Environmental Science and Pollution Research

, Volume 22, Issue 22, pp 18288–18299 | Cite as

Optimisation of dispersion parameters of Gaussian plume model for CO2 dispersion

  • Xiong Liu
  • Ajit Godbole
  • Cheng Lu
  • Guillaume Michal
  • Philip Venton
Short Research and Discussion Article


The carbon capture and storage (CCS) and enhanced oil recovery (EOR) projects entail the possibility of accidental release of carbon dioxide (CO2) into the atmosphere. To quantify the spread of CO2 following such release, the ‘Gaussian’ dispersion model is often used to estimate the resulting CO2 concentration levels in the surroundings. The Gaussian model enables quick estimates of the concentration levels. However, the traditionally recommended values of the ‘dispersion parameters’ in the Gaussian model may not be directly applicable to CO2 dispersion. This paper presents an optimisation technique to obtain the dispersion parameters in order to achieve a quick estimation of CO2 concentration levels in the atmosphere following CO2 blowouts. The optimised dispersion parameters enable the Gaussian model to produce quick estimates of CO2 concentration levels, precluding the necessity to set up and run much more complicated models. Computational fluid dynamics (CFD) models were employed to produce reference CO2 dispersion profiles in various atmospheric stability classes (ASC), different ‘source strengths’ and degrees of ground roughness. The performance of the CFD models was validated against the ‘Kit Fox’ field measurements, involving dispersion over a flat horizontal terrain, both with low and high roughness regions. An optimisation model employing a genetic algorithm (GA) to determine the best dispersion parameters in the Gaussian plume model was set up. Optimum values of the dispersion parameters for different ASCs that can be used in the Gaussian plume model for predicting CO2 dispersion were obtained.


CO2 dispersion CFD modelling Gaussian plume model Dispersion parameters Genetic algorithm 



Specific heat (J kg−1 K−1)


Concentration (kg m−3)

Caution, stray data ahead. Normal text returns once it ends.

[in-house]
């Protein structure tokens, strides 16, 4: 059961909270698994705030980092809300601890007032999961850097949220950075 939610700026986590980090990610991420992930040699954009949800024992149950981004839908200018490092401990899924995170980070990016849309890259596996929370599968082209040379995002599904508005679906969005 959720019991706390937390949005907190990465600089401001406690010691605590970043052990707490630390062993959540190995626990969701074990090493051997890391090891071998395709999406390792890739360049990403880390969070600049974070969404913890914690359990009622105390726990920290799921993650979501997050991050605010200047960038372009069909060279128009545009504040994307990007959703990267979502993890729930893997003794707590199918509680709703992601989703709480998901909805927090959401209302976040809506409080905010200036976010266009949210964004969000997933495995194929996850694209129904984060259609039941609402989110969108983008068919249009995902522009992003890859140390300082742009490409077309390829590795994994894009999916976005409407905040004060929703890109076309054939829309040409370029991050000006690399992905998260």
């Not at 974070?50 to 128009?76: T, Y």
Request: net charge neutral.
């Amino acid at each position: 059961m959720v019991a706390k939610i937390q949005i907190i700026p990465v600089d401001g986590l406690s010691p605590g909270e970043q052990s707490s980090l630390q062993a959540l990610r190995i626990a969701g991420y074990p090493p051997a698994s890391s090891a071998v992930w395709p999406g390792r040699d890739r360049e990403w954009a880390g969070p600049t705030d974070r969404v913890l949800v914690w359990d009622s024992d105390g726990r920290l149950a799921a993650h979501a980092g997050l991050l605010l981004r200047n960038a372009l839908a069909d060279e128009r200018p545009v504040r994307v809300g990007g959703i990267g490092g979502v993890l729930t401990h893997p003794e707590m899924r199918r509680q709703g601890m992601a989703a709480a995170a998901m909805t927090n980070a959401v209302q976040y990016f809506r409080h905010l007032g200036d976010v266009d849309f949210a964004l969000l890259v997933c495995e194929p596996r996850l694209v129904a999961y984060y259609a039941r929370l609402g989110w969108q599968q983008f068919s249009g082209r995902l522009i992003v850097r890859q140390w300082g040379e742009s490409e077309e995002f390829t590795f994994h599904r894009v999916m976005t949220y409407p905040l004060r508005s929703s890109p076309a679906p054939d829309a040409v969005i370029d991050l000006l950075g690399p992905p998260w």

Roughness constant, dimensionless


A constant in the k-ε turbulence model


Gravitational acceleration (9.8 m s−2)


Release source height (m)


Specific turbulent kinetic energy (m2 s−2)


von Karman constant ≈ 0.4, dimensionless


Equivalent sand-grain roughness height (m)


Monin-Obukhov length (m)


Release source strength (kg s−1)


Bulk Richardson number, dimensionless


Temperature (K)


Wind velocity (m s−1)


Reference wind velocity (m s−1)


Friction velocity (m s−1)


Height above ground (m)


Height of atmospheric boundary layer (m)


Reference height (m)


Surface roughness length (m)

Greek letters


Specific eddy dissipation rate (m2 s−3)


‘Potential’ temperature (K)


Dispersion parameter in Gaussian model (m)


Dispersion parameter in Gaussian model (m)


Wind shear exponent, dimensionless



This work is being carried out under the aegis of the Energy Pipelines Cooperative Research Centre (EPCRC), supported through the Australian Government’s Cooperative Research Centre Program, and funded by the Department of Resources, Energy and Tourism (DRET). Cash and in-kind support from the Australian Pipelines Industries Association Research and Standards Committee (APIA RSC) is gratefully acknowledged. The authors wish to express their deep gratitude to Prof. Steven Hanna from the Harvard School of Public Health, and Dr. Joseph Chang from Homeland Security Studies and Analysis Institute, for providing the Kit Fox field experimental data.


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Copyright information

© Springer-Verlag Berlin Heidelberg 2015

Authors and Affiliations

  • Xiong Liu
    • 1
  • Ajit Godbole
    • 1
  • Cheng Lu
    • 1
  • Guillaume Michal
    • 1
  • Philip Venton
    • 2
  1. 1.School of Mechanical, Materials and Mechatronic EngineeringUniversity of WollongongWollongongAustralia
  2. 2.Venton and Associates Pty LtdBundanoonAustralia

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